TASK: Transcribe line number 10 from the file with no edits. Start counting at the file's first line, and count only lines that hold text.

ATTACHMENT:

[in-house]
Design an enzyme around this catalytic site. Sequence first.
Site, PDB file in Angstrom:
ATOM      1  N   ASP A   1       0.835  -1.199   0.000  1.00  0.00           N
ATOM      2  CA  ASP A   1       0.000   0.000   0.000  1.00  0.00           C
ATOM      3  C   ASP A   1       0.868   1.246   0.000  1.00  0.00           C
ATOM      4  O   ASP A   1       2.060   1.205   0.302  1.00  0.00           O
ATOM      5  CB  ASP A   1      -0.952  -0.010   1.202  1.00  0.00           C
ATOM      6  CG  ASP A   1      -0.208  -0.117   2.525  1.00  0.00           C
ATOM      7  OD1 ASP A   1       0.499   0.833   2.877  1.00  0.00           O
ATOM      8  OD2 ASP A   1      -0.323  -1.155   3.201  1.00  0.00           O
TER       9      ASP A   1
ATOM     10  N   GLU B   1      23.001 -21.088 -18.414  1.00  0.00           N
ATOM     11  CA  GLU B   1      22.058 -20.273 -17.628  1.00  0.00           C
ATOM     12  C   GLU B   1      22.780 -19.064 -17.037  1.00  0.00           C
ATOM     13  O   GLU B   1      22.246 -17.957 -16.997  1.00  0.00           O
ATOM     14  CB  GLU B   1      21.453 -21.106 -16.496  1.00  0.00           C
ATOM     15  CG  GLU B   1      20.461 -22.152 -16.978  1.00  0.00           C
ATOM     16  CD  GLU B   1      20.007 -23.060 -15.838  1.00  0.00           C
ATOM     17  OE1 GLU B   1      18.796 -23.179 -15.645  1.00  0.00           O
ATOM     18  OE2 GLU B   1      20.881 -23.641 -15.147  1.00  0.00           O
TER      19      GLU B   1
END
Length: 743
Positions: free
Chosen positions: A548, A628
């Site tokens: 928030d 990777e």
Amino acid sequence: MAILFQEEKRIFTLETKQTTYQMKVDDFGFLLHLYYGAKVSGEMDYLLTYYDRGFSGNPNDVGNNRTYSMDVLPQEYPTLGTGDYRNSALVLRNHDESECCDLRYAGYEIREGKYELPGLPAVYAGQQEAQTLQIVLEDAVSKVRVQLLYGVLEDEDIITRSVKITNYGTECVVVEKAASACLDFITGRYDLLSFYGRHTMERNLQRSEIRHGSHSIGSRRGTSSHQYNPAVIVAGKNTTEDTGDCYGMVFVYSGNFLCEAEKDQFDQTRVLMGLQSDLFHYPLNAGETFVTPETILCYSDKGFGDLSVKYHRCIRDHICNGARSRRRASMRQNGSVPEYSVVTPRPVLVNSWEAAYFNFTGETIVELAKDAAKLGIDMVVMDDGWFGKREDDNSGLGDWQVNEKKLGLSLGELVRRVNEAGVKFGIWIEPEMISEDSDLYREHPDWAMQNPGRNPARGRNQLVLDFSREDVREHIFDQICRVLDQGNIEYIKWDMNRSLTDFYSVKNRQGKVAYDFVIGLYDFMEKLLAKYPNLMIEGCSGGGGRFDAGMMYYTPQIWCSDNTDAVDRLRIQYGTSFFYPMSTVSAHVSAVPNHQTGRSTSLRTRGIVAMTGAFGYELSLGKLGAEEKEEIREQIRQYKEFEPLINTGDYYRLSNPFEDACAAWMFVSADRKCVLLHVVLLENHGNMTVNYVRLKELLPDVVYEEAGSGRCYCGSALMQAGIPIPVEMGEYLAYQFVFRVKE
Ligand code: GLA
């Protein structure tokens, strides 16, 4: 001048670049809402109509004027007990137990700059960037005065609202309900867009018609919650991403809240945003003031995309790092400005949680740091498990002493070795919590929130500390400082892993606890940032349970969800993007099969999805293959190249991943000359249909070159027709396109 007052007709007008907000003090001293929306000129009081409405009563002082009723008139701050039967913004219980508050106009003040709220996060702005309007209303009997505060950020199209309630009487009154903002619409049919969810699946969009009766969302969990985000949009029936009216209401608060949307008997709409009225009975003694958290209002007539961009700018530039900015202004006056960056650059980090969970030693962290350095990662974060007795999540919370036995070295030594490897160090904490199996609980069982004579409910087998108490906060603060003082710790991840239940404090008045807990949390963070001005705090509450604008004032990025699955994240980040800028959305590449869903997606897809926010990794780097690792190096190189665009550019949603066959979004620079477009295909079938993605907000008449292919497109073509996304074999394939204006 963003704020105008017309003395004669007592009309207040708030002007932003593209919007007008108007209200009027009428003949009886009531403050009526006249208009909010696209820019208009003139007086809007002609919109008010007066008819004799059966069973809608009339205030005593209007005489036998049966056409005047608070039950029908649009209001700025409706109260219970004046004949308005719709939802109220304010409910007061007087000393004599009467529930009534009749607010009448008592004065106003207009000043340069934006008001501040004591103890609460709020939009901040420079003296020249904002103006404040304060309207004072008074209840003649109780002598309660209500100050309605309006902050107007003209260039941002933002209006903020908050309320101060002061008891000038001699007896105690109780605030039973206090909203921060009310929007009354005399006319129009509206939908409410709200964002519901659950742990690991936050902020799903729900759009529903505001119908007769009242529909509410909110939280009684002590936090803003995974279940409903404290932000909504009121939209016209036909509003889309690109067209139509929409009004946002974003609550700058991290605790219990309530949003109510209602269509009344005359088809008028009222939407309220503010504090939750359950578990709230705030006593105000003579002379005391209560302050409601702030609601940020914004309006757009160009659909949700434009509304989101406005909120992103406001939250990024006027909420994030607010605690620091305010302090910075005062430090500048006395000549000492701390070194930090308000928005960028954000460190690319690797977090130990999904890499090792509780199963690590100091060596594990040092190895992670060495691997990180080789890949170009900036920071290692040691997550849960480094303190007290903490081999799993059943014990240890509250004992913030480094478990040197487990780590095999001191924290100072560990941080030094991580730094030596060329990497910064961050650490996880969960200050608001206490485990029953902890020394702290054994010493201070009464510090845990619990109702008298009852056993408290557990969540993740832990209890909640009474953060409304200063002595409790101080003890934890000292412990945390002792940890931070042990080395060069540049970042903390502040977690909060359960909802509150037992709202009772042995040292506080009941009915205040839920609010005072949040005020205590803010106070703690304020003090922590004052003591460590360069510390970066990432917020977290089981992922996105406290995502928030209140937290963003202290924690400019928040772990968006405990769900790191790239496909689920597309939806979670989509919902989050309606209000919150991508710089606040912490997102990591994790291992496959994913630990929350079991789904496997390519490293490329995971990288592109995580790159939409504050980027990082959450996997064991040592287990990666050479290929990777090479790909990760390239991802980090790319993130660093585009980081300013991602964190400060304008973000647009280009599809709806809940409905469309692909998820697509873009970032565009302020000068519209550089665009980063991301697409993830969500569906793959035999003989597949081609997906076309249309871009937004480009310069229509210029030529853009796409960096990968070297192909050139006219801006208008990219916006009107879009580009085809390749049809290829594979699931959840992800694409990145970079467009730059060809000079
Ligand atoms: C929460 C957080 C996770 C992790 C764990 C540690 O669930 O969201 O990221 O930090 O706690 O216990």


ATOM      7  OD1 ASP A   1       0.499   0.833   2.877  1.00  0.00           O